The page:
The Church’s doctrine, as set out in canon law and as explicitly recognised by the Marriage (Same Sex Couples) Act 2013, is that marriage is a union of one man and one woman. As hon. Members will be aware, a resolution was passed over the weekend by the synod in Hereford. That motion will go to the General Synod and will be considered by its business committee for debate.
Given that many Anglican churches, including my wonderful cathedral in Exeter, already perform ceremonies to celebrate same-sex marriages, would it not be better for the Church just to get on with it and for bishops to make an announcement, rather than carrying on with what is in effect an institutionalised hypocrisy?
Obviously it is open to the right hon. Gentleman’s diocese to follow the same process that the Hereford diocese has just undertaken, but the Church is active in this area with two initiatives. A pastoral advisory group has been set up—led by the Bishop of Newcastle, Christine Hardman—to work on the development of pastoral practice within the Church’s existing teaching, and a major teaching document is being produced on marriage and sexuality.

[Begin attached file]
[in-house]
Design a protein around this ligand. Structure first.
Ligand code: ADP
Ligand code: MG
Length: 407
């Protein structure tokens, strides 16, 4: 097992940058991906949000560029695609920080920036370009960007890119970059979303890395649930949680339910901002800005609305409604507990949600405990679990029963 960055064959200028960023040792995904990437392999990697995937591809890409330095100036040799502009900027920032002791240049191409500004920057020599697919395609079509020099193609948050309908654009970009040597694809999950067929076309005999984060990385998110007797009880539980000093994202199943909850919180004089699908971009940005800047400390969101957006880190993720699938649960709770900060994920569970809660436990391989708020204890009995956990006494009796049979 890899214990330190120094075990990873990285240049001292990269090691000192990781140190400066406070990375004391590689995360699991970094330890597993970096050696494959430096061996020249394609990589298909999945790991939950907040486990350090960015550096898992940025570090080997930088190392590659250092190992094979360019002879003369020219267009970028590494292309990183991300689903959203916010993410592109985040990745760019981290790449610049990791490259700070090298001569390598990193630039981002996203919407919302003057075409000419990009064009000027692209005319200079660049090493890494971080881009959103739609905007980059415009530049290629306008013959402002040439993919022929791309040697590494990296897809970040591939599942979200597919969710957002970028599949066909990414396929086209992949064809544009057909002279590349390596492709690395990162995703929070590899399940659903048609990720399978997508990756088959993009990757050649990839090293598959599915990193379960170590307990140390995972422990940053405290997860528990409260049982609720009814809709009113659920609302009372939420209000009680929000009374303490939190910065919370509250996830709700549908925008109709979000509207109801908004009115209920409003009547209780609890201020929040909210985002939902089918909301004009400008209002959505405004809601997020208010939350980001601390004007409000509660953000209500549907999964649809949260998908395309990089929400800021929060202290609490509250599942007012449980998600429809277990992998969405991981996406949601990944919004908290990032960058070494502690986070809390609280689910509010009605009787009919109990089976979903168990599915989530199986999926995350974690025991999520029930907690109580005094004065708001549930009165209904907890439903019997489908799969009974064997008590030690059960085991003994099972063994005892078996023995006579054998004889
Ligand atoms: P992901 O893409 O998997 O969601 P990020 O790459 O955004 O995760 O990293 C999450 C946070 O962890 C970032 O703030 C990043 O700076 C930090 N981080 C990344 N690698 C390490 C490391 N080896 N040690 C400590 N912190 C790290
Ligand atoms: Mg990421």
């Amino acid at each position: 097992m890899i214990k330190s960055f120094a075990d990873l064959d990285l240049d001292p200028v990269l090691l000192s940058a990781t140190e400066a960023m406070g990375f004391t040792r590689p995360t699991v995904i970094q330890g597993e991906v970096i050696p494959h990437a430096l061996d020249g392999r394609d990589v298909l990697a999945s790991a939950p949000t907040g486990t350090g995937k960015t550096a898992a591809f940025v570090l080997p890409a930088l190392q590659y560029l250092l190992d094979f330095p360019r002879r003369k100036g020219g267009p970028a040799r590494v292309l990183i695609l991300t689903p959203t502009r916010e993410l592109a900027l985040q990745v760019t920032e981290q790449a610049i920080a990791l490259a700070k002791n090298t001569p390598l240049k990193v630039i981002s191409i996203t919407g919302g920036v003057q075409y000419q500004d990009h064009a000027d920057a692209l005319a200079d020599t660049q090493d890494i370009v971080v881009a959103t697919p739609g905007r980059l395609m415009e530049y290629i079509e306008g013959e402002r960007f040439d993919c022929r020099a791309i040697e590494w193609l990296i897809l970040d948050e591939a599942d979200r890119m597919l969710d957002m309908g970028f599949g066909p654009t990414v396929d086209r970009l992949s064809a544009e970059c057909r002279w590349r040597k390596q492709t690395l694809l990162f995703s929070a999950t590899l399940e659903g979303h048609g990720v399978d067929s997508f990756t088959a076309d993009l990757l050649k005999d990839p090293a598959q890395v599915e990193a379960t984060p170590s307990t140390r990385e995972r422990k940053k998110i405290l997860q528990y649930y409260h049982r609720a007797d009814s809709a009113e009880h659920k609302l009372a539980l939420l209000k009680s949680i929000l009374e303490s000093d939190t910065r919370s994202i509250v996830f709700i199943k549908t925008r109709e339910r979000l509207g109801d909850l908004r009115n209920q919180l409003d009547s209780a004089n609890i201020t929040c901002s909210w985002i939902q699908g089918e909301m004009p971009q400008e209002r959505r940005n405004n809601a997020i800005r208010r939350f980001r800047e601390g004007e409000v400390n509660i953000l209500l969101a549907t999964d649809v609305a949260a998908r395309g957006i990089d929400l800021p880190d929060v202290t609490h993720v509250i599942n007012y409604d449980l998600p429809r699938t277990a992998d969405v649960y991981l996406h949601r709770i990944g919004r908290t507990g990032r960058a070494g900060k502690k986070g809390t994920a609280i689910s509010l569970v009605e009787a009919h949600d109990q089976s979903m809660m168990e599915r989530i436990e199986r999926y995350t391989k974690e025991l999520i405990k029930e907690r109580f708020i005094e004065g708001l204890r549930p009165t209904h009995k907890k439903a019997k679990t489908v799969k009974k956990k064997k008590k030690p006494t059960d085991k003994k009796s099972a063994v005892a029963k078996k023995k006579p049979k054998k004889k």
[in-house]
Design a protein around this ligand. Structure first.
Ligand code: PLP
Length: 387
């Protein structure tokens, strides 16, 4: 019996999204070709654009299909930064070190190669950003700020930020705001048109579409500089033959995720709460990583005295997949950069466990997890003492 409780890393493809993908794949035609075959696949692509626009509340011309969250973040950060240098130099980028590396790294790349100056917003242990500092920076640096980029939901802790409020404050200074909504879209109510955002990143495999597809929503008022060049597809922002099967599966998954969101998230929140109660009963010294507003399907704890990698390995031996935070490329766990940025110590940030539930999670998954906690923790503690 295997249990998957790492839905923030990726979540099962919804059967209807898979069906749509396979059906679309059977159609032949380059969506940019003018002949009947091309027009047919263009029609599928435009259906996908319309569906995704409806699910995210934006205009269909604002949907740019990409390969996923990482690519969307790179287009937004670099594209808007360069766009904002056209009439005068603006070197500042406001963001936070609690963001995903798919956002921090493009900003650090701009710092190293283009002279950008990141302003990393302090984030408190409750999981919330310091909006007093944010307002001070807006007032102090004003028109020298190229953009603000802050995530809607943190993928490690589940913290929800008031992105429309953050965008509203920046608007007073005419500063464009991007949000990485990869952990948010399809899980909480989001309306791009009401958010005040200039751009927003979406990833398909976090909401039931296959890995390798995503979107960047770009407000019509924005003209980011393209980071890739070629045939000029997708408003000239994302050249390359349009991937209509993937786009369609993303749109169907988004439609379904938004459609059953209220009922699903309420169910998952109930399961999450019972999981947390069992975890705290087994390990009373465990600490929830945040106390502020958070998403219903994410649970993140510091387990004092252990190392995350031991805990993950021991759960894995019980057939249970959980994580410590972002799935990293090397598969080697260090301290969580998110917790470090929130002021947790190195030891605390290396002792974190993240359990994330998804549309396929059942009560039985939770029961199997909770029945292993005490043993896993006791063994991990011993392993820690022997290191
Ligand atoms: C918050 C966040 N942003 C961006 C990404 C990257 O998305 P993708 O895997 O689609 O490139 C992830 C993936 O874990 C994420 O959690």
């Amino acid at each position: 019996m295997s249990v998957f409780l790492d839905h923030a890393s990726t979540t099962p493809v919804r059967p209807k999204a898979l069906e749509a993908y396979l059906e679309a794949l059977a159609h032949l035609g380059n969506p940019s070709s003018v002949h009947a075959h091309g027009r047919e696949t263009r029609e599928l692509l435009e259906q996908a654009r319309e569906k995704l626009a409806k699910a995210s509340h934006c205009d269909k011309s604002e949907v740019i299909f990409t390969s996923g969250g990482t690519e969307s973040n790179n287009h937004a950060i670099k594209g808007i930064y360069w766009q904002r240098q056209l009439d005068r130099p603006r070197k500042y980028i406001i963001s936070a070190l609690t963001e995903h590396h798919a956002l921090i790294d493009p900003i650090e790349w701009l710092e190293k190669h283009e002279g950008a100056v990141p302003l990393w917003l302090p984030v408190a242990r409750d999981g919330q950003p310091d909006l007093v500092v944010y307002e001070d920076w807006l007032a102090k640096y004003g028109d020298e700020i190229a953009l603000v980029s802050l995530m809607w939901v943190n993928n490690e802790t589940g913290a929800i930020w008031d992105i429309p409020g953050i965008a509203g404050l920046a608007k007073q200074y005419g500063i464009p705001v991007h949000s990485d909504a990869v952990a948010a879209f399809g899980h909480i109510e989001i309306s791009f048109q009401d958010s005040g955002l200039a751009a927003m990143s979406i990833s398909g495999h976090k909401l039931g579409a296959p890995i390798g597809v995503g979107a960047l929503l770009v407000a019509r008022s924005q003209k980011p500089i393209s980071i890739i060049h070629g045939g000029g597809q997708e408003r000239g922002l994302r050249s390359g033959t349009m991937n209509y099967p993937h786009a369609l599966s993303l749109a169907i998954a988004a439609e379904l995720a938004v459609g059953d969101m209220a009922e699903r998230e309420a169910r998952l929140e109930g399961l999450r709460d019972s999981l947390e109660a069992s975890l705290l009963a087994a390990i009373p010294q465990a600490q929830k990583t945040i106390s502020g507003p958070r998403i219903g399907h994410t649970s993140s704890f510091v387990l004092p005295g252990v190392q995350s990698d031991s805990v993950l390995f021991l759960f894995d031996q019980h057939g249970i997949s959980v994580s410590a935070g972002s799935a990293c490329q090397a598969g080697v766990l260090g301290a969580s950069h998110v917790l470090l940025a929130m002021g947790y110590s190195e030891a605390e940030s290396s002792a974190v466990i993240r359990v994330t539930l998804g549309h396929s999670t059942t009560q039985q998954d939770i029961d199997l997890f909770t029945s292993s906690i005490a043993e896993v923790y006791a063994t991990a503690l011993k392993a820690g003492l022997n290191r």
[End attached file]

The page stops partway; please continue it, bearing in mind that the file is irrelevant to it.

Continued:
When so many gay people are being persecuted throughout the world, particularly in Commonwealth countries, does my right hon. Friend not believe that allowing gay people to marry in churches in this country would send the right signal?
An important step forward was made by the worldwide Anglican Church in accepting a new doctrine against homophobia, which is part of trying to stamp out such persecution across the wider Anglican communion.